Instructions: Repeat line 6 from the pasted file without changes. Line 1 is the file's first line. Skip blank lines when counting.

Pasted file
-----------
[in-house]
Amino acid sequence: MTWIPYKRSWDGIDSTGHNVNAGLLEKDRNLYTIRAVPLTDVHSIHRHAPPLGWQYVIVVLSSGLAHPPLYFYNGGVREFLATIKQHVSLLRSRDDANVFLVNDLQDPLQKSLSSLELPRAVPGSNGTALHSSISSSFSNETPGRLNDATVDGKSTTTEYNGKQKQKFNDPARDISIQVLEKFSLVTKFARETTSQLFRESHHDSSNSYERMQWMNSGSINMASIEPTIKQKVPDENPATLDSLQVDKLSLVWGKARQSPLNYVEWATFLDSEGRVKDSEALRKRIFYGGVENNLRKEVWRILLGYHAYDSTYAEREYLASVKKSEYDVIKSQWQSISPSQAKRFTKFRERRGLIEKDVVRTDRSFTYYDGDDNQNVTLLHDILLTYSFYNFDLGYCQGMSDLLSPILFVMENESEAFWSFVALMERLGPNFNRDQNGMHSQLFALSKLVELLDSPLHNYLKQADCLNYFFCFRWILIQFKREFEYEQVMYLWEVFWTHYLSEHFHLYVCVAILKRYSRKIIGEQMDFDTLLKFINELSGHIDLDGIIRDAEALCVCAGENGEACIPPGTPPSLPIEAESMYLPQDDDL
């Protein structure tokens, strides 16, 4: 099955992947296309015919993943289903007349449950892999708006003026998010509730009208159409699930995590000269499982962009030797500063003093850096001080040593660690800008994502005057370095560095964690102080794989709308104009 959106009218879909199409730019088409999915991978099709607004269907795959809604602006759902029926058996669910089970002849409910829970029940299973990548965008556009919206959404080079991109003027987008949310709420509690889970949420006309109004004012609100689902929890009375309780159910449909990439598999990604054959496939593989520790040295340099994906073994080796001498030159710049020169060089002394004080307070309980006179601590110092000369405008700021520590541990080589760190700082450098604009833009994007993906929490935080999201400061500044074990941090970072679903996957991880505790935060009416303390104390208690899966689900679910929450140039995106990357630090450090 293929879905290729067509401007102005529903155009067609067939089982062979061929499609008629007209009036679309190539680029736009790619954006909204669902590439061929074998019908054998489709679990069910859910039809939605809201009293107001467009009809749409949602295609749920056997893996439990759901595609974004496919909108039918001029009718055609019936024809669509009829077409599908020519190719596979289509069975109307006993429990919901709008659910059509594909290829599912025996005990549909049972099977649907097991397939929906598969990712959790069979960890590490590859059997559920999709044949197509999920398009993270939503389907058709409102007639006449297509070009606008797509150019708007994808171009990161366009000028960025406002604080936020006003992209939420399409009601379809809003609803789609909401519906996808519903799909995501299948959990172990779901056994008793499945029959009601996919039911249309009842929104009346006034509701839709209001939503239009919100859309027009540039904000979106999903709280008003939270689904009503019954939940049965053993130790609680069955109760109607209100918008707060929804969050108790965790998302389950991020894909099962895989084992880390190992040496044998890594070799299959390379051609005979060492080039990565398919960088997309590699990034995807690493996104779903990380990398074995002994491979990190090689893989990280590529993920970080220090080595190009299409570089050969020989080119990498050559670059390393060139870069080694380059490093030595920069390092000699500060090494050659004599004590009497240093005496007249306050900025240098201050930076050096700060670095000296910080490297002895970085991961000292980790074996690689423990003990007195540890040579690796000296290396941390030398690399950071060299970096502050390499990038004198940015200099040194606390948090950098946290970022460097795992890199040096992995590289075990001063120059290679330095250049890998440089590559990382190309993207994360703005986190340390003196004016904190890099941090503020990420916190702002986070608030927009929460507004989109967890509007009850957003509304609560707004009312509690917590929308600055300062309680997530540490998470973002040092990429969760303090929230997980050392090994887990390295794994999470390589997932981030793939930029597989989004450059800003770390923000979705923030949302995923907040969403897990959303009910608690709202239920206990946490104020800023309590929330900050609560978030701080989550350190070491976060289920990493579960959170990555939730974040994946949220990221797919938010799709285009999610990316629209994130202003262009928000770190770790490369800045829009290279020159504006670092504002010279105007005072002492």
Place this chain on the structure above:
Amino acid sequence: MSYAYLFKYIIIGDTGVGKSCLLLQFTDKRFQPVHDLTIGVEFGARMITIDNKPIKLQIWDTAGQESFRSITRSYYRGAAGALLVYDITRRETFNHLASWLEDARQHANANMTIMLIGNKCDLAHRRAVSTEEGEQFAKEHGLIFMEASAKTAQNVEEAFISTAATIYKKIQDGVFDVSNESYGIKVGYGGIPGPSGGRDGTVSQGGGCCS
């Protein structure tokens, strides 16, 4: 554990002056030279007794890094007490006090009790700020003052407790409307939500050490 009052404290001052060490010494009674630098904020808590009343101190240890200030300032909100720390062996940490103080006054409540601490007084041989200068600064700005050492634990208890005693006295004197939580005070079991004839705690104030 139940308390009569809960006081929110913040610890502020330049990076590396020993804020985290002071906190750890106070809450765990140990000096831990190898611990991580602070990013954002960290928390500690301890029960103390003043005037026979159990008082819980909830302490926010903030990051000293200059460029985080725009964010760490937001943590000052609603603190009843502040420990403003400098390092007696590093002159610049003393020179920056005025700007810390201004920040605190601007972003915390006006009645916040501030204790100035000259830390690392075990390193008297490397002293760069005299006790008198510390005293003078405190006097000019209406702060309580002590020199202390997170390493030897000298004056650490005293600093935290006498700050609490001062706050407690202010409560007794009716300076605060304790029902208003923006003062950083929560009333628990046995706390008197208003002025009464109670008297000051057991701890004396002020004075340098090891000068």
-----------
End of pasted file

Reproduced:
């Protein structure tokens, strides 16, 4: 554990002056030279007794890094007490006090009790700020003052407790409307939500050490 009052404290001052060490010494009674630098904020808590009343101190240890200030300032909100720390062996940490103080006054409540601490007084041989200068600064700005050492634990208890005693006295004197939580005070079991004839705690104030 139940308390009569809960006081929110913040610890502020330049990076590396020993804020985290002071906190750890106070809450765990140990000096831990190898611990991580602070990013954002960290928390500690301890029960103390003043005037026979159990008082819980909830302490926010903030990051000293200059460029985080725009964010760490937001943590000052609603603190009843502040420990403003400098390092007696590093002159610049003393020179920056005025700007810390201004920040605190601007972003915390006006009645916040501030204790100035000259830390690392075990390193008297490397002293760069005299006790008198510390005293003078405190006097000019209406702060309580002590020199202390997170390493030897000298004056650490005293600093935290006498700050609490001062706050407690202010409560007794009716300076605060304790029902208003923006003062950083929560009333628990046995706390008197208003002025009464109670008297000051057991701890004396002020004075340098090891000068």